“Isn’t this short notice for them, then?” Avery asked, surprised.

“Hence the need to choose wisely! We’re close to selecting who it will be, and will make our decision in the next day or so. They need to have the final fitting for their costumes, and they’ll spend the next week rehearsing. Next Tuesday we’ll have the first street procession. That’s when we’ll officially announce them. ”

Avery nodded. “And where will the play be performed?”

“White Haven Little Theatre,” Josh answered. “The first performance will be on Saturday night, and the final performance will be the following Saturday afternoon in the castle grounds, in the open air—as long as the weather’s good.”

“So much to do!” Stan exclaimed. He held his hand up, and ticked off his fingers, one by one. “The fire is being built on the beach, ready for the celebration on the evening. The small arena for the performance of the play is almost complete, the maypole is up, the performers in the procession are also rehearsing, and the girls who’ll be dancing around the maypole have been practicing, too—they’re all from the local school. And obviously the May Queen and the Green Man will be part of the main Beltane procession through the town.”

Reuben’s eyes met Avery’s over the top of Stan’s head. “That’s quite a list, Stan!”

“I know. Such a busy time of year, but the town is full of visitors and we must put on a show! I love it, and wouldn’t want it any other way. Now, you must excuse me, I have to get back to the council!”

Without waiting for a response, Stan headed back into the crowds.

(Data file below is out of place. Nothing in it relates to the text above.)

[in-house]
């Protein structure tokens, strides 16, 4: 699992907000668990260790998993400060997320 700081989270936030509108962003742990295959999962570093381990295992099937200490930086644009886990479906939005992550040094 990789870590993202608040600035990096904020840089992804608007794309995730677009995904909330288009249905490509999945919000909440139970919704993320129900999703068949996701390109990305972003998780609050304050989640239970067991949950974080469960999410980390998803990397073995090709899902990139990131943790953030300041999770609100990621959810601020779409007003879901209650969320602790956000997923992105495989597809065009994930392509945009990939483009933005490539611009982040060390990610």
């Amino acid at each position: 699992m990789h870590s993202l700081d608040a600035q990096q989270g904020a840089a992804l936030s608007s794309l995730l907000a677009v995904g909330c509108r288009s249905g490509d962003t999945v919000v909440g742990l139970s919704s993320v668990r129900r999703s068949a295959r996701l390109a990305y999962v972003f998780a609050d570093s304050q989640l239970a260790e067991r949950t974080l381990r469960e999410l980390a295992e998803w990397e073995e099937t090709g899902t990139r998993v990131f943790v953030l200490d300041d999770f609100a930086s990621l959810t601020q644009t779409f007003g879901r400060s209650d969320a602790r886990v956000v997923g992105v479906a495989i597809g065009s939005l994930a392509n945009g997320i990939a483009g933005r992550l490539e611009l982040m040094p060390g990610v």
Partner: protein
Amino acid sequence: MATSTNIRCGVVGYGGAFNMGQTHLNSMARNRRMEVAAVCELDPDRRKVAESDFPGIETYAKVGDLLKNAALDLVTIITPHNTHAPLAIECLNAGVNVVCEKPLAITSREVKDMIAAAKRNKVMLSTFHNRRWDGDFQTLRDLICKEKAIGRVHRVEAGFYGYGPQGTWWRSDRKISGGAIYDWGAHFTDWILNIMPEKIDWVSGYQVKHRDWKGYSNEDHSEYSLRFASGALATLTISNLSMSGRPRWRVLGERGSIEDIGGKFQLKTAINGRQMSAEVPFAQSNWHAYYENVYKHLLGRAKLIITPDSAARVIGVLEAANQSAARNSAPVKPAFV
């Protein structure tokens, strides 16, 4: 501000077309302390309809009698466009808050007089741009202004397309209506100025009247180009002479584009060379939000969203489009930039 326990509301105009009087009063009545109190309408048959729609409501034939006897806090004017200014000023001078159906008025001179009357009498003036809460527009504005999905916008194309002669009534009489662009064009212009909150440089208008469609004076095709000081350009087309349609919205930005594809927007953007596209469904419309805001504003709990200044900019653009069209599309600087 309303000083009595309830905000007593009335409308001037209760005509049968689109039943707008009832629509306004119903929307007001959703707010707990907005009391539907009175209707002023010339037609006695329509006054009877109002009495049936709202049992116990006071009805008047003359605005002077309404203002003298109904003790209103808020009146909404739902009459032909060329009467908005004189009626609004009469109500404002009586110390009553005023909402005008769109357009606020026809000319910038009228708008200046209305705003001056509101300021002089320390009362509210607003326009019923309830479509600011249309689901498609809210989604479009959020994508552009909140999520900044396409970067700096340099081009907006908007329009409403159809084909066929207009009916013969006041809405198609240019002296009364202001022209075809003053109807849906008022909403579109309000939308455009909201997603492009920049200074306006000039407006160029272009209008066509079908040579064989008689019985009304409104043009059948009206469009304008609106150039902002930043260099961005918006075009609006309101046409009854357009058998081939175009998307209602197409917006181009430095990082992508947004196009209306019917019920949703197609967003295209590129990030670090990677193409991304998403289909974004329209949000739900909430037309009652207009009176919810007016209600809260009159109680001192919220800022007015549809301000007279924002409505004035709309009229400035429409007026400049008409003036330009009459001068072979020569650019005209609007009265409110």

“We better go, too,” Emma said, smiling at them. “Will you be coming to the play?”

“I must admit I haven’t got tickets,” Avery said apologetically. “But I would like to see it.”

Josh frowned. “You may have trouble now. I think it’s sold out.”

“Wow,” Reuben said, with a shake of his head. “That’s great!”

“I know.” Emma’s eyes widened with a mixture of excitement and worry. “That makes it more nerve-wracking, but better than performing to an empty house!”

“Sorry,” Josh said, smiling. “We really do have to go. Nice to meet you.”

They walked away, and Reuben looked at Avery. “There really are a lot of events going on!”

“You know Stan, he lives for these celebrations. And he missed Samhain, thanks to your spell,” she reminded him. They had to make sure Stan left White Haven on the previous All Hallows’ Eve, worried that he would be sacrificed to the Wild Hunt by his girlfriend, Suzanne, the time-walker witch and one of Avery’s ancestors. “And Stan is right—the town is already getting busy with visitors!” Avery checked her watch as she felt her stomach growl. “I’m heading back to the shop for lunch. What are you up to?”

“On a glorious day like this? Must be time for a surf!” Reuben was obsessed with surfing.

“It could be raining, and you’d still go!”

“Because it’s brilliant! You should try it someday, Avery,” he said mischievously.

Avery shivered. “Sounds far too cold. Shall I see you later in the pub?”

“Yes, you will. Nothing like a pint and some of Alex’s excellent pub grub following a surf.” He winked. “See you later.”

Avery laughed to herself as she walked up the winding streets of White Haven, admiring the decorations as she went. Beltane was one of the biggest pagan celebrations in modernity. It was a fire festival that celebrated the sun, the peak of spring, and the arrival of summer. It was also a celebration of fertility, when the Maiden Goddess attracted the attentions of the Green Man, sometimes called the Young Oak King.

She hadn’t just been massaging Reuben’s ego when she complimented the flowers. Hanging baskets and pots of all shapes and sizes lined the streets, filled with late spring plants. Some shops liked to provide their own displays, but on the whole, Greenlane Nurseries supplied them, and they looked bright and cheerful. The shop windows were full of flower garlands, and images of the May Queen and the nature spirit jostled for space. There were sculptures of both of them in the window of her own shop, fashioned out of twisted willow, and artfully woven to resemble faces.